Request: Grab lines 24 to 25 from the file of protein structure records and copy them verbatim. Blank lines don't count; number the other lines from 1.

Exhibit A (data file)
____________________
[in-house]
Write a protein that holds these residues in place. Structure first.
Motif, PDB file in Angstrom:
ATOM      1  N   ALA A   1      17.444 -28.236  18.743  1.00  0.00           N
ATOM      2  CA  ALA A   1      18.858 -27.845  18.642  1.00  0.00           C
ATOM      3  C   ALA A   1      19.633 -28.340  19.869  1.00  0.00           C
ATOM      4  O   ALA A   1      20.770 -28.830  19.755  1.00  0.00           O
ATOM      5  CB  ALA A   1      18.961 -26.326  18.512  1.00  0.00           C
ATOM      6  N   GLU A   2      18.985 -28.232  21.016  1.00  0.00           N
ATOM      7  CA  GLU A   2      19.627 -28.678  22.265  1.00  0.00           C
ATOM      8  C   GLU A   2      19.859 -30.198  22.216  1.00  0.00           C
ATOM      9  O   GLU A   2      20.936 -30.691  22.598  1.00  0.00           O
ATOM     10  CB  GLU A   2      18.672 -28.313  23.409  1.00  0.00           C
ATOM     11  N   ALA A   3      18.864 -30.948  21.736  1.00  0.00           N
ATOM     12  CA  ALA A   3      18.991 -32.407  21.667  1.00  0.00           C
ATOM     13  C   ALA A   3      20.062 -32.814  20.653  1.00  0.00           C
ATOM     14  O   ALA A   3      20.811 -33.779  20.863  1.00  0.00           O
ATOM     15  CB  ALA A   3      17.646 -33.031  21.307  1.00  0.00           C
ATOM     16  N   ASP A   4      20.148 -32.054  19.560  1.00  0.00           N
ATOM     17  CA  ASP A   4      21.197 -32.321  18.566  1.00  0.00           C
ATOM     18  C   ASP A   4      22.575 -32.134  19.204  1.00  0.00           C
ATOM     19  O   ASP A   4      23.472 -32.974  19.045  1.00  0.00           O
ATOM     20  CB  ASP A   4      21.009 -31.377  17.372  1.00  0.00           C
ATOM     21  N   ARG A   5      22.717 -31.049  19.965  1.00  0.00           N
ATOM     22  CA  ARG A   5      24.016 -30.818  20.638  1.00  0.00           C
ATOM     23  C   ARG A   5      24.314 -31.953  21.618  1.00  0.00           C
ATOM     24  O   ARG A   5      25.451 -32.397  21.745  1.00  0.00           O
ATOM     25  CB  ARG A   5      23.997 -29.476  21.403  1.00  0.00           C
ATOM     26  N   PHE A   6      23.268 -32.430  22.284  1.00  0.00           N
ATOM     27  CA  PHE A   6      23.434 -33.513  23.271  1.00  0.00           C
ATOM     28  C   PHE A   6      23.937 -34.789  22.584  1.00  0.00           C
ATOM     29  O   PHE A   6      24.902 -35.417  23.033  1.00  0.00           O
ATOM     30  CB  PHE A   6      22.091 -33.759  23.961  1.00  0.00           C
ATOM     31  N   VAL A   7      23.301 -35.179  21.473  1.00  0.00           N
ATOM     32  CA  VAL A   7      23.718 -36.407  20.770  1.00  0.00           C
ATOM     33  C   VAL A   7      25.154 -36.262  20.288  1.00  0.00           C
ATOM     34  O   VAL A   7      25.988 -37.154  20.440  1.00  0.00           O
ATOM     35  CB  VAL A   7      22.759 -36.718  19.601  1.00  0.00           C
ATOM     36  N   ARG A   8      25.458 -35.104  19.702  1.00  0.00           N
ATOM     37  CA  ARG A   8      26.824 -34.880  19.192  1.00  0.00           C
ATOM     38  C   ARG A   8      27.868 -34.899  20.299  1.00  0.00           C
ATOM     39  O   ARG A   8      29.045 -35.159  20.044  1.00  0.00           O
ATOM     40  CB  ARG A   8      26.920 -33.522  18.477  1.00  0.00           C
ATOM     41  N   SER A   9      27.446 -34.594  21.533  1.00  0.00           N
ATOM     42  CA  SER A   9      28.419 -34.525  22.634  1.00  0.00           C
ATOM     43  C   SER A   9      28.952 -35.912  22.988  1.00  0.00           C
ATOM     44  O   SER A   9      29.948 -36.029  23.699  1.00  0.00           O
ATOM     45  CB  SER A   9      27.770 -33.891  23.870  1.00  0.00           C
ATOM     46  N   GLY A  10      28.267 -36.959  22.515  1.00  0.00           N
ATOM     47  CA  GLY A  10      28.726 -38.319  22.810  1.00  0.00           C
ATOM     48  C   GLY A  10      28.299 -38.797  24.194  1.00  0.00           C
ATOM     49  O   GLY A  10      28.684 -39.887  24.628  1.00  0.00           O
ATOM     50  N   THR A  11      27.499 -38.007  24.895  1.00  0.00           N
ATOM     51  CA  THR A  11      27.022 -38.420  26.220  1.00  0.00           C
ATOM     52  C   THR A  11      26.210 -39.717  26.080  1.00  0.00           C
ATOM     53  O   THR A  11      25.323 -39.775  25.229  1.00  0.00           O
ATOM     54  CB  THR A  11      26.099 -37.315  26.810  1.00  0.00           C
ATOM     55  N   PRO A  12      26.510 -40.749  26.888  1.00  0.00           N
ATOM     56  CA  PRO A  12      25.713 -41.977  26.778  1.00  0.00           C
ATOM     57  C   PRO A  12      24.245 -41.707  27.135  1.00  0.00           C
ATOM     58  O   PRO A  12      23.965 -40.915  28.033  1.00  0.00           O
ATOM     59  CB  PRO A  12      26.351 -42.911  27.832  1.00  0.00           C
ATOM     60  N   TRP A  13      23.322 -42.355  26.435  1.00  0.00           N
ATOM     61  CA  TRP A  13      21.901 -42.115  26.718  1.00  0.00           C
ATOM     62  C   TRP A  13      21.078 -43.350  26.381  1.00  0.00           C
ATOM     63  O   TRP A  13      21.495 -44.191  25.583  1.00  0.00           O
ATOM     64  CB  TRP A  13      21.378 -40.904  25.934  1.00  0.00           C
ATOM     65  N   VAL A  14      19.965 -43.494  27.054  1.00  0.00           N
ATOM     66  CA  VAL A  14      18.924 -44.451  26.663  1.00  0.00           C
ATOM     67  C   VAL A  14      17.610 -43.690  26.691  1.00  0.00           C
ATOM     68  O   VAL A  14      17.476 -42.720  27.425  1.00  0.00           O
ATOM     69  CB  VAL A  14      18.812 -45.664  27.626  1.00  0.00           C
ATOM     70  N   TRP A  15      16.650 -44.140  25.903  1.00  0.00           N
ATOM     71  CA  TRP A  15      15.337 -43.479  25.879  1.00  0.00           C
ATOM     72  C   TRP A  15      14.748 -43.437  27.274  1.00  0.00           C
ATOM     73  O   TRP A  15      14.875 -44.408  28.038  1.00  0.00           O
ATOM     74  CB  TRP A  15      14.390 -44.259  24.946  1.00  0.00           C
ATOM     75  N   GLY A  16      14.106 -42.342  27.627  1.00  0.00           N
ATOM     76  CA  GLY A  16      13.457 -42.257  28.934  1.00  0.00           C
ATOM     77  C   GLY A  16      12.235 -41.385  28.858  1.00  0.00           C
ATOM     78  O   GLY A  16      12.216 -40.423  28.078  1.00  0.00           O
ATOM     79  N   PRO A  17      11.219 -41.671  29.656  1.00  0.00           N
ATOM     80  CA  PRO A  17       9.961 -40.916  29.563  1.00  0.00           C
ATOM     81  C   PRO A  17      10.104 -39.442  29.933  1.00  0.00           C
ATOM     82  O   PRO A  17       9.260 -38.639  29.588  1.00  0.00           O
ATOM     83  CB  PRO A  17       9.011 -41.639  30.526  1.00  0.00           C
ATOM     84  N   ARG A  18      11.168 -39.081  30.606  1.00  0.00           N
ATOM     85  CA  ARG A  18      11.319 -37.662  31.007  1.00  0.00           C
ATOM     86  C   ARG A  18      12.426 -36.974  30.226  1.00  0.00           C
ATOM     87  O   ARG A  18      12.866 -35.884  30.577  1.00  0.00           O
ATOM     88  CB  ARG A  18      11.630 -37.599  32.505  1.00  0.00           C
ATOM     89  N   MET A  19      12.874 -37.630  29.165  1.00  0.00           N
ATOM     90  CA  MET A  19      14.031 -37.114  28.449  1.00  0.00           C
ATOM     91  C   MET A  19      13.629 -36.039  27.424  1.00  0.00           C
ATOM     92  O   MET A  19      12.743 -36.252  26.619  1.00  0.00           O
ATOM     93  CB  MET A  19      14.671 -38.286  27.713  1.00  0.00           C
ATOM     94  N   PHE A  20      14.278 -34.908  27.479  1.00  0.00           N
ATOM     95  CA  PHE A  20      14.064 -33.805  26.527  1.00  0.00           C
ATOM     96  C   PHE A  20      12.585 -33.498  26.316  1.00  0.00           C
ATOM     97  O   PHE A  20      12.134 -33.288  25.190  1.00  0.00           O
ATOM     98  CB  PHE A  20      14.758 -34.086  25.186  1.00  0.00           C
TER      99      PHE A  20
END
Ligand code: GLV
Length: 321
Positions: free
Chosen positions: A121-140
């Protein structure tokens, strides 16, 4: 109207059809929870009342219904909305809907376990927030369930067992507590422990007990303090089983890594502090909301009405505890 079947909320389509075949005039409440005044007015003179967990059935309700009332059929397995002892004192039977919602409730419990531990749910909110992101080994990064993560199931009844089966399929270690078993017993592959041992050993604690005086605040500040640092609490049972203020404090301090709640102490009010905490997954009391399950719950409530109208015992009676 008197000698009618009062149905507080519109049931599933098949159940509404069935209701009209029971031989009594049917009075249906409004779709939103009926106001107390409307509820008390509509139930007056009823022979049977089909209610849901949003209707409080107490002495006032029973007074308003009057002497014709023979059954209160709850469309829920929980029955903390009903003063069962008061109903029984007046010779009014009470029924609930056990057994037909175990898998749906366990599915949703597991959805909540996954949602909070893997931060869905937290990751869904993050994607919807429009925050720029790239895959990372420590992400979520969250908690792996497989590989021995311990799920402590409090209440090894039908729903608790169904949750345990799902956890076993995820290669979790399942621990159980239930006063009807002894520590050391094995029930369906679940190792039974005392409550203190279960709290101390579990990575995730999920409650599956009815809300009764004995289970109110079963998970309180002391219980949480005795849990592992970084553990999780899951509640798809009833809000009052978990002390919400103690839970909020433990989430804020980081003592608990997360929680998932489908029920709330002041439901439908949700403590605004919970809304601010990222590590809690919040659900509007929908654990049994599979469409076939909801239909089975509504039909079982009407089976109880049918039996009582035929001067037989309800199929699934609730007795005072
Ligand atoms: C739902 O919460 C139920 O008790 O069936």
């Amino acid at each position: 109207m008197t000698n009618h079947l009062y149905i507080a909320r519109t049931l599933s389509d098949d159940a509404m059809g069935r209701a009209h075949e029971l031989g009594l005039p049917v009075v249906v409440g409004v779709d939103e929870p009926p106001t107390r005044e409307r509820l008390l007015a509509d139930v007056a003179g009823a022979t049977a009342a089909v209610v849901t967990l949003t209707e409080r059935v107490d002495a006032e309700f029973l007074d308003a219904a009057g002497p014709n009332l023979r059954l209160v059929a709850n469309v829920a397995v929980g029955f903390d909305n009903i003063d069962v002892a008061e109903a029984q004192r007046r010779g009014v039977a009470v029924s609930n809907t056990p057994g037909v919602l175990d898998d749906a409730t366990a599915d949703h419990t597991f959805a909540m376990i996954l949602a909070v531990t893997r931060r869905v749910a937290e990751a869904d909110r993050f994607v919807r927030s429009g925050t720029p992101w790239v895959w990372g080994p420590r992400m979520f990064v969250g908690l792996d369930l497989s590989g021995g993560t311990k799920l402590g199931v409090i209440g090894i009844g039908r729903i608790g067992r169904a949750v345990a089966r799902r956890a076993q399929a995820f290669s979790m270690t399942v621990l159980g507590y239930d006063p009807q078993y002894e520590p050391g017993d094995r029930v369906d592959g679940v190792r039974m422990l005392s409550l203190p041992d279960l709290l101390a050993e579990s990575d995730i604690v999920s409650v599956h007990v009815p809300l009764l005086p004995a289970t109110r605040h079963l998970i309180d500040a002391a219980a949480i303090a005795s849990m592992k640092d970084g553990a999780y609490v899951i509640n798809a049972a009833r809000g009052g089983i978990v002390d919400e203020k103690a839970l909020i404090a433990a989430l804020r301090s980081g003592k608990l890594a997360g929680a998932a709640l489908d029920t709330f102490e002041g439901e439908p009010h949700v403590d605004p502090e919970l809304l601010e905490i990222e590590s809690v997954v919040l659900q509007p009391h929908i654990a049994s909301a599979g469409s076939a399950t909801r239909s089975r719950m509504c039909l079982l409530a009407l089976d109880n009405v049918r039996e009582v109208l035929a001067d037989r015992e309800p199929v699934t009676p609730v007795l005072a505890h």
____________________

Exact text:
ATOM     21  N   ARG A   5      22.717 -31.049  19.965  1.00  0.00           N
ATOM     22  CA  ARG A   5      24.016 -30.818  20.638  1.00  0.00           C